5 September 2018
by David W. Oaks
Memorizing Two Decks of Cards: Why?
This morning, one of my main home care workers, Ian, shuffled two decks of cards together a few times and then cut them. Each deck has the usual 52 cards, plus Jokers in both black-and-white and color. So the total number of cards is 108.
Ian laid out 18 at a time, and I memorized their order. He did this six times.
Without looking at the cards again, I then recited all 108 cards, the entire two decks, in the same order, from memory. Ian carefully validated this and my accuracy.
Extreme Disability and the Mind
As my blog readers know, back in 2012 I experienced a severe accident which not only led to me being a quad (tetraplegic) in a power chair, but because of complications I have an impaired voice and no use of my fingers.
Because my mom taught to type when I was about 12, my typing speed was faster than 110 words per minute. Before my accident, I professionally spoke in a dozen nations about human rights and mental health. In my “big picture” planning, which I enjoyed, I loved to sketch big notes on huge pieces of paper.
Now, I realize I need to use my mind, rather than notes, typing, speeches, etc. So I learned to memorize a deck of cards. My understanding is that all of us deck-memorizers use the same ancient memory technique known as the memory palace. I memorized a single deck perfectly about 15 times.
But I wanted to do more. After a few attempts with errors, today I memorized two decks combined.
But We Humans Know So Little!
Sure, I can memorize two decks of cards, but I am reminded of something: The best of current science — whether it is complexity theory, quantum, string theory, dark matter, dark energy — tells us over and over that we humans hardly have any grip on reality, at all.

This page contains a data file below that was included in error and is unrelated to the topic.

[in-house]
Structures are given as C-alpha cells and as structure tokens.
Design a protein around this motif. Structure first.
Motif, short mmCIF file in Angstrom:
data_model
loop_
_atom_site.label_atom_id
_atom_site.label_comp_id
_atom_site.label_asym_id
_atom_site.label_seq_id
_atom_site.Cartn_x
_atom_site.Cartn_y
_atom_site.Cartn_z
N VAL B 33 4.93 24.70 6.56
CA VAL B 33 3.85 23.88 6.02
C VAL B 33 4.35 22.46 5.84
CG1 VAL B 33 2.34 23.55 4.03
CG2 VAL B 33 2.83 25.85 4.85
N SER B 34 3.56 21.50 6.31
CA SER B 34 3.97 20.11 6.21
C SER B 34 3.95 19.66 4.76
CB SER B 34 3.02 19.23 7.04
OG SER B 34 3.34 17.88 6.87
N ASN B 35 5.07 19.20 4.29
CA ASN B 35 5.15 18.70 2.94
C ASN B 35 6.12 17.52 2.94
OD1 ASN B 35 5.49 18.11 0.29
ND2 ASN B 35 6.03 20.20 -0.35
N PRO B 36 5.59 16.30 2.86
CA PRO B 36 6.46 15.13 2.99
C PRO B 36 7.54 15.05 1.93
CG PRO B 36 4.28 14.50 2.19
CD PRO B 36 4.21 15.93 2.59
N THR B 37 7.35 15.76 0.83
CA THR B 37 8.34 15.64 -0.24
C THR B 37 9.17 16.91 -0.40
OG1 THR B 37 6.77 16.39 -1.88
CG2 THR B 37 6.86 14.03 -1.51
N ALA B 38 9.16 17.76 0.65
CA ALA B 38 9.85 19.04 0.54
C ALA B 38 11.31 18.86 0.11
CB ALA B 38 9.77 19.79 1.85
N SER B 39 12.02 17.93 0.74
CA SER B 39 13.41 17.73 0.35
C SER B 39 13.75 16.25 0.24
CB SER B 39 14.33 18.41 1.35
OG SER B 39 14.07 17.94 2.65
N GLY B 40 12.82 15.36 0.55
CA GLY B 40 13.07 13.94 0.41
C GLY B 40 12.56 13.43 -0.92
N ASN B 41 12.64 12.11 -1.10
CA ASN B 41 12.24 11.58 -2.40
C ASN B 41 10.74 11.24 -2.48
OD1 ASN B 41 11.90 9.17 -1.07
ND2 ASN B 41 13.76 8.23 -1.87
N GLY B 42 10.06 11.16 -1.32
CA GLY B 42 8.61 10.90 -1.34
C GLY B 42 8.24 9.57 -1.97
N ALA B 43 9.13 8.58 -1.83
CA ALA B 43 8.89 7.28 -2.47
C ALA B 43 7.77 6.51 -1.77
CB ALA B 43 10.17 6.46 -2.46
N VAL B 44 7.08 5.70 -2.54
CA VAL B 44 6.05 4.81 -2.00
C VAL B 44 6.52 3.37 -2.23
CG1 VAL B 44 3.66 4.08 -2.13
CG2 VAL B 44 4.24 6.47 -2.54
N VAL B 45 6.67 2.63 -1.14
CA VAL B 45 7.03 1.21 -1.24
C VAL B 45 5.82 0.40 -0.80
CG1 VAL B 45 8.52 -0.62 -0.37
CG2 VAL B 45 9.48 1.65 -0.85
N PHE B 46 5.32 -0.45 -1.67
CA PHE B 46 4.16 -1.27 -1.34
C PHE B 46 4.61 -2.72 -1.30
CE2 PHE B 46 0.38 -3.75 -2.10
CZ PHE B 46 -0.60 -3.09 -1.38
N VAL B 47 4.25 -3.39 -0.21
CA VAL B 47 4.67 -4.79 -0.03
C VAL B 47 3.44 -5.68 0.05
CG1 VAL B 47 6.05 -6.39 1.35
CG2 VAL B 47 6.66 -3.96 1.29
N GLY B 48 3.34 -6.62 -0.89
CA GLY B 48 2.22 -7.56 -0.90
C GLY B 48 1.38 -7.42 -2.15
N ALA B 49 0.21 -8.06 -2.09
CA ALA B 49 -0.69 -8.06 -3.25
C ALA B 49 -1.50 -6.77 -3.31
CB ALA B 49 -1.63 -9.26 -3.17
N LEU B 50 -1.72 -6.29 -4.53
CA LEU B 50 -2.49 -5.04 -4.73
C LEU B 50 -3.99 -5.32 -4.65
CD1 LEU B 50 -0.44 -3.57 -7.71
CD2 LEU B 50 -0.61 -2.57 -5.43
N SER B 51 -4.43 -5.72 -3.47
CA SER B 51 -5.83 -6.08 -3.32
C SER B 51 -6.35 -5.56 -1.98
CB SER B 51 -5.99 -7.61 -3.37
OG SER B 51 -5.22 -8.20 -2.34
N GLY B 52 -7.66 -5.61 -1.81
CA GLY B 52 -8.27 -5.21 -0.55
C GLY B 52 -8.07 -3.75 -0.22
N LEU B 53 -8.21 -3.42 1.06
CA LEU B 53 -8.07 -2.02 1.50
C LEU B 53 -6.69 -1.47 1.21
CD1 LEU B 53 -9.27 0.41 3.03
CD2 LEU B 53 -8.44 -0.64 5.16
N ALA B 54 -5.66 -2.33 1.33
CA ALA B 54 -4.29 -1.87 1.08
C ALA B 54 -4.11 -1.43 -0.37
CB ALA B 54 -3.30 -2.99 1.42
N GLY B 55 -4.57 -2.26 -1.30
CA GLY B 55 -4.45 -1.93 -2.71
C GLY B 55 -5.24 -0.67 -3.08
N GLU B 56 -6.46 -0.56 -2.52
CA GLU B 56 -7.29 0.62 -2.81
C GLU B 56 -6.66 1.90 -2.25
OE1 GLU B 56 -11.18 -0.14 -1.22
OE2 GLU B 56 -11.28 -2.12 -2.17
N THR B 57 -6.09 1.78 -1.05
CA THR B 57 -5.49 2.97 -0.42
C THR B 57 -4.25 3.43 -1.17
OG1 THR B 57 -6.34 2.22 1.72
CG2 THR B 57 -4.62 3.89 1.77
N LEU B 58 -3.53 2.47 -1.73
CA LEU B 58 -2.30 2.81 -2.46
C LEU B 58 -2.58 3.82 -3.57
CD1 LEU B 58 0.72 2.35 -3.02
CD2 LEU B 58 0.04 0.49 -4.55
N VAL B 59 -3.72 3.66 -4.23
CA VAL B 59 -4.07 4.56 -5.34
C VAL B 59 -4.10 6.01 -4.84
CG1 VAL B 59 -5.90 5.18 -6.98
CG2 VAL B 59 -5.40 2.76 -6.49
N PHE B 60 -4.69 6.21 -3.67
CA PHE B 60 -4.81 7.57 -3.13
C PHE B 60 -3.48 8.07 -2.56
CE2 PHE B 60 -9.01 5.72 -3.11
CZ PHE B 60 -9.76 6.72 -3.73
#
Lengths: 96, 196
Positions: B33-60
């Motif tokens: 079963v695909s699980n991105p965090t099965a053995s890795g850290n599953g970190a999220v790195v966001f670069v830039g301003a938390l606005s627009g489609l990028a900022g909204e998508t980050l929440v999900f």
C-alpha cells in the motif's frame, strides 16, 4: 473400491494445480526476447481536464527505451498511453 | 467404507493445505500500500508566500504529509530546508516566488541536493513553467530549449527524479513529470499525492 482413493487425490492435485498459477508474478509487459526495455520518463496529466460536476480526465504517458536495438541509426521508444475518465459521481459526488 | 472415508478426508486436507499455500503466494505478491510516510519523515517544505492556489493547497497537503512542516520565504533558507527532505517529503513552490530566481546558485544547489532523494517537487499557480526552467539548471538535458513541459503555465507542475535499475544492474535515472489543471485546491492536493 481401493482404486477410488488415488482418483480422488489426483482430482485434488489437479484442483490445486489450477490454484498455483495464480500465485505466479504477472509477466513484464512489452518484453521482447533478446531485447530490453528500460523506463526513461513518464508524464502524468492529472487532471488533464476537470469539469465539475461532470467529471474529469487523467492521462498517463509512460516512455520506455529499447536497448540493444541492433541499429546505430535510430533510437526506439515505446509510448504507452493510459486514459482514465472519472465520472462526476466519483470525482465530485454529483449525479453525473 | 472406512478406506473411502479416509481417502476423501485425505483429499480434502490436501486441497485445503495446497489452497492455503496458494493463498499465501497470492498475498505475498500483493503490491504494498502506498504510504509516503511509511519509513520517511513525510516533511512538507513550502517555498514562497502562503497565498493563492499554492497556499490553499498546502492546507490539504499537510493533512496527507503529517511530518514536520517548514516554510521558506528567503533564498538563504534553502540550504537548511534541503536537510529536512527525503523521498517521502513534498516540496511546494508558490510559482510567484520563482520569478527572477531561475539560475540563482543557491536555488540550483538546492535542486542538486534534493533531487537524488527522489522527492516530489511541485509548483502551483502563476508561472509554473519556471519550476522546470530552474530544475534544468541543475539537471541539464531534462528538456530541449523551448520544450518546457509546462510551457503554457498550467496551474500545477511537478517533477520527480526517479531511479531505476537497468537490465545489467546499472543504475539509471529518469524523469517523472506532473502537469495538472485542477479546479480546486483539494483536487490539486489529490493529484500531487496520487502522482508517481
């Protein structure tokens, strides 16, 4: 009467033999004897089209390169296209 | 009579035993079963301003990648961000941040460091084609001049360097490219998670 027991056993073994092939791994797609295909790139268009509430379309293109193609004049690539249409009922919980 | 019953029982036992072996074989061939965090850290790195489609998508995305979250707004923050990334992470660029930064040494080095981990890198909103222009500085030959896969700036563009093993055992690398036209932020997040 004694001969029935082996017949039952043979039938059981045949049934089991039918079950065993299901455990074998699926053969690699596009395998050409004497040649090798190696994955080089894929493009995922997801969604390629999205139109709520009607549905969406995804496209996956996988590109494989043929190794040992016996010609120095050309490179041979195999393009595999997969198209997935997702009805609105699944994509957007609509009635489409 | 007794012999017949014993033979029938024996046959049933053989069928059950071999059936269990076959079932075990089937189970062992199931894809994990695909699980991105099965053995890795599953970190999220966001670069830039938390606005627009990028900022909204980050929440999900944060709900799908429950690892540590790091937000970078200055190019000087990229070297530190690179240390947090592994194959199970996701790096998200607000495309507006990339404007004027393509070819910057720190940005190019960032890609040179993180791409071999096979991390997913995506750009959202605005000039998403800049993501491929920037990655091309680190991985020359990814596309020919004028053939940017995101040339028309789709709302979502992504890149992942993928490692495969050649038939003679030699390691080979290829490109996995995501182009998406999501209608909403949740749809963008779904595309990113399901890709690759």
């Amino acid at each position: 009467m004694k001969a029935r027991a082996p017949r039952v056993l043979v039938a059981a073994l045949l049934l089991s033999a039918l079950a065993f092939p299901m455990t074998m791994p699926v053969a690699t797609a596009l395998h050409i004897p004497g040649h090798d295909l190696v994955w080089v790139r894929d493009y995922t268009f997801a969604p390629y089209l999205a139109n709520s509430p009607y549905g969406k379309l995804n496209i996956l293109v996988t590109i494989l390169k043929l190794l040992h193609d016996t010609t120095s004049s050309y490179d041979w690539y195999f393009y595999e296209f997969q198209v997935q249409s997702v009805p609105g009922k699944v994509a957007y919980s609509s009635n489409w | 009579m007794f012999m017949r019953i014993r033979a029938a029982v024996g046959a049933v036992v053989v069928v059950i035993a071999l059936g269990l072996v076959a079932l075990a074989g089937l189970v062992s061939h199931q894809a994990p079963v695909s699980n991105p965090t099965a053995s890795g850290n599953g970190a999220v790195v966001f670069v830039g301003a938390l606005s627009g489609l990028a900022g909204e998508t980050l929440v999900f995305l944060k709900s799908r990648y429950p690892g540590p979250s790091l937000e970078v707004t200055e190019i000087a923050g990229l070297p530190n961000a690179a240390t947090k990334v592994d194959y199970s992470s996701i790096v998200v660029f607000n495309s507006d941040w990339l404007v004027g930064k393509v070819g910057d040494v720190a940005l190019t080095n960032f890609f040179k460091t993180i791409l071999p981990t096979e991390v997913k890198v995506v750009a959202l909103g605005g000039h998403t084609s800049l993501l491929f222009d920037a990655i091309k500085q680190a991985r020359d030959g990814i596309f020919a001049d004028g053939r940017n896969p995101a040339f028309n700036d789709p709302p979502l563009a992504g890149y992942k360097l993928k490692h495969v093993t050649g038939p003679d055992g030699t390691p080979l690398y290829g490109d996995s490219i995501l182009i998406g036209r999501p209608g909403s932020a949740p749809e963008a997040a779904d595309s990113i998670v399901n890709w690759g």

We are all crazy and mentally disabled, by any definition. Our choice is to be positively crazy or destructively demented.
I hope we all make the best choice. And today, with my amazing wife Debra, we celebrate.
Hey, I just memorized two decks of cards, perfectly!
Because We Know So Little, Let’s Support Each Other!
Yes, I have several physical challenges but my cognitive abilities appear to be fairly intact, I think.
But even if you have major cognitive disabilities, or your loved one is even in a coma, everyone and everything deserve dignity and respect! This week, with the help of Vocational Rehabilitation, I worked with a great business expert, Scott Weaver, to create a business plan, consulting, Aciu Institute.
May I use any cognitive skills, and my awareness of our extreme humility, to help this for-profit benefit our community. May we all launch a revolution to challenge the “normality” of climate crisis!
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